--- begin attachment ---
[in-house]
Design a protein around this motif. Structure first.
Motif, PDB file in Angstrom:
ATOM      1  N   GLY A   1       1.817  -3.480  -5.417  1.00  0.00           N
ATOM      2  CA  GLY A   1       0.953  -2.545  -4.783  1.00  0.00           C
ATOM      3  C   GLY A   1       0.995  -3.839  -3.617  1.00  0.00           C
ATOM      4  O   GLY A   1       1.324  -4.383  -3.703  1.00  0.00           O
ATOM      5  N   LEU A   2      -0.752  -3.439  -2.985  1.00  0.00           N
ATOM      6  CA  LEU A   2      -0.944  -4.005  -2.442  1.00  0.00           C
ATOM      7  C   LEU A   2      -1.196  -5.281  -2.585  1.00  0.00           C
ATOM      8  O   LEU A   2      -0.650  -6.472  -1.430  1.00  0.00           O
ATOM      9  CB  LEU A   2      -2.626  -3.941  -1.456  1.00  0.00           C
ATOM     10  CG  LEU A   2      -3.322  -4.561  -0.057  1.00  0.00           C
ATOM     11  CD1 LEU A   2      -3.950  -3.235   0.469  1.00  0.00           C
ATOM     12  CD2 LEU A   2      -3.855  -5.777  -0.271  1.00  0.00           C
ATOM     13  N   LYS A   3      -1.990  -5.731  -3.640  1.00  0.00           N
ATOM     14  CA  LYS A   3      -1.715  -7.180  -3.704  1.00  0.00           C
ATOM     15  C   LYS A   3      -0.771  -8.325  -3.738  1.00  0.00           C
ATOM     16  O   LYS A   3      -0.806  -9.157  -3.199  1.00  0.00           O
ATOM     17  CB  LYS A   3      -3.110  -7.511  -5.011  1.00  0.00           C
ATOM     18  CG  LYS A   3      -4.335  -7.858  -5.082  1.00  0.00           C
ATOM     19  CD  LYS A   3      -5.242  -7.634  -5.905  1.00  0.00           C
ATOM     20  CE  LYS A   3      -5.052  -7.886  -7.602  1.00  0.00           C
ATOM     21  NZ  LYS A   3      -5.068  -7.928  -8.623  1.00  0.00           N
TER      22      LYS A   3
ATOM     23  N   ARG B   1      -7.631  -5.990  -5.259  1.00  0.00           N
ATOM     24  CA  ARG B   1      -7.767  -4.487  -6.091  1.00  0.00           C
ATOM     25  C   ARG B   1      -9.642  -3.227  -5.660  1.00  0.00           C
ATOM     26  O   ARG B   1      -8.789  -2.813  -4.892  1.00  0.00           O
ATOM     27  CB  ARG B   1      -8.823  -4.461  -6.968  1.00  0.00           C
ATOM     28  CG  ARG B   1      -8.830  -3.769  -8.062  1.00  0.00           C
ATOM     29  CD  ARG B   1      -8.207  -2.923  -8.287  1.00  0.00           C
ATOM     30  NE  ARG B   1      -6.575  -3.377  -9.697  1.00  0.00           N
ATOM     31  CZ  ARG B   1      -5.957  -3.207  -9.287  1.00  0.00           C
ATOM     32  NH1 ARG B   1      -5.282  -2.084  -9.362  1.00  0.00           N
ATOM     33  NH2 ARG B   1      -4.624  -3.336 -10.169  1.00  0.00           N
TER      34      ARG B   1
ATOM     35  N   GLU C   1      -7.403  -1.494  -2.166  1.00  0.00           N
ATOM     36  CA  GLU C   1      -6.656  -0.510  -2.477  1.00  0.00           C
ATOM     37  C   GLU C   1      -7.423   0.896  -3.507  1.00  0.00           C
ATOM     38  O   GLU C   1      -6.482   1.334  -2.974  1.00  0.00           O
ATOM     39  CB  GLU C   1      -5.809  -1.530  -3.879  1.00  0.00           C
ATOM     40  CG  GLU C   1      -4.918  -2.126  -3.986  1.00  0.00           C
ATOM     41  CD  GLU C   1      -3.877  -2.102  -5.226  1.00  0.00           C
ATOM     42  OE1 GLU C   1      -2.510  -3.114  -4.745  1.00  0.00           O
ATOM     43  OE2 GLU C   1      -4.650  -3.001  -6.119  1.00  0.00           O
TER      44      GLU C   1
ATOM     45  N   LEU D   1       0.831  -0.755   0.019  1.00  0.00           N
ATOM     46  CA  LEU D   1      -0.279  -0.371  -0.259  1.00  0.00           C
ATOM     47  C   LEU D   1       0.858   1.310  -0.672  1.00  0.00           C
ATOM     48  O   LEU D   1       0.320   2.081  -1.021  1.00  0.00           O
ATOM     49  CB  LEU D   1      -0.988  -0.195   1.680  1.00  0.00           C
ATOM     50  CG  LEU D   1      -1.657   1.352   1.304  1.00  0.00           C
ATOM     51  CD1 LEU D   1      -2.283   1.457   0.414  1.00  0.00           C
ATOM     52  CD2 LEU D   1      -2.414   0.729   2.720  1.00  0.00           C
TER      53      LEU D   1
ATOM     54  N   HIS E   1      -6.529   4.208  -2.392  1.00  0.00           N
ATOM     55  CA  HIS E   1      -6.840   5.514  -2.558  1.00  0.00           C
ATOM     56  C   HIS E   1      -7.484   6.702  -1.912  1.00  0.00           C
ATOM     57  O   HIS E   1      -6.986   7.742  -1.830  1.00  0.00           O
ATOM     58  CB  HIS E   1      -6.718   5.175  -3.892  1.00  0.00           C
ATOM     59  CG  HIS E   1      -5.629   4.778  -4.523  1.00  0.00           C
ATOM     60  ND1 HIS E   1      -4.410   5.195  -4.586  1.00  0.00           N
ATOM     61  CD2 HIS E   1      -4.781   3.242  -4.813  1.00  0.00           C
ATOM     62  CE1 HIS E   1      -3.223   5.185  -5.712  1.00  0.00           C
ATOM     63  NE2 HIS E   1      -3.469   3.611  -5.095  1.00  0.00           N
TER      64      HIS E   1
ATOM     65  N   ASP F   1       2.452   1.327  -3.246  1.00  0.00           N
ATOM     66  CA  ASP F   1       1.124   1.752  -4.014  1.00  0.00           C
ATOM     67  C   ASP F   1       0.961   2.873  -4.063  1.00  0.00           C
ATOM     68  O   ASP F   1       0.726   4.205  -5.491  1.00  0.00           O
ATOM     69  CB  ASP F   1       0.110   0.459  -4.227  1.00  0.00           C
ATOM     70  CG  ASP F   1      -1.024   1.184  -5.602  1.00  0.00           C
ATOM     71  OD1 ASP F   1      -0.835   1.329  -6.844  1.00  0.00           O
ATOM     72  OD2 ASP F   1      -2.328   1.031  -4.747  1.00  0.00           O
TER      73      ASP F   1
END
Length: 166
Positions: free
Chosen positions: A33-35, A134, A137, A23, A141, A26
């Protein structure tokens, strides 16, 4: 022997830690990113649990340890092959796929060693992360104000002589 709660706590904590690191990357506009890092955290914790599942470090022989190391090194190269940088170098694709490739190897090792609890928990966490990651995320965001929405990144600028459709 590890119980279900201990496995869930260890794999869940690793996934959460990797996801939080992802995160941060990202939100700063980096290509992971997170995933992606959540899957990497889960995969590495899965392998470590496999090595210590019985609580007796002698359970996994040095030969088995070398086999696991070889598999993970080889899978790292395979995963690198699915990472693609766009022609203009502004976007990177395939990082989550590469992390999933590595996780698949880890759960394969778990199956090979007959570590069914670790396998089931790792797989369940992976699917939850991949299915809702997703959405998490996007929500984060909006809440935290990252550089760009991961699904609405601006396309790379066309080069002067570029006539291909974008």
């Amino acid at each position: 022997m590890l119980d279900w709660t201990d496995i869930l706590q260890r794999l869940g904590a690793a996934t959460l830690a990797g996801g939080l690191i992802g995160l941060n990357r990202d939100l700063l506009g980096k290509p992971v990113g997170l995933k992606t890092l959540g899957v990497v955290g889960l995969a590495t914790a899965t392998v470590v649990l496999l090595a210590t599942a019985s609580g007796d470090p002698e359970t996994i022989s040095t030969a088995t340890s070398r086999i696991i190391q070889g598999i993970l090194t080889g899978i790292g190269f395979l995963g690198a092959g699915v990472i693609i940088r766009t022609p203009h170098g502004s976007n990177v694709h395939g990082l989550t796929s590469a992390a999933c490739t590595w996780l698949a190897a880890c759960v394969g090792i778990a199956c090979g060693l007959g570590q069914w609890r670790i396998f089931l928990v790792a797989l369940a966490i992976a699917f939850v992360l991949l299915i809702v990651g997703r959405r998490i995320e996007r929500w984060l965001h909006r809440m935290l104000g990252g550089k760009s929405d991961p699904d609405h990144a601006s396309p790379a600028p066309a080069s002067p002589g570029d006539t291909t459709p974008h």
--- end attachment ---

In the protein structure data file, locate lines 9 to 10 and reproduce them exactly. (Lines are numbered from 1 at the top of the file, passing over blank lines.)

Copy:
ATOM      6  CA  LEU A   2      -0.944  -4.005  -2.442  1.00  0.00           C
ATOM      7  C   LEU A   2      -1.196  -5.281  -2.585  1.00  0.00           C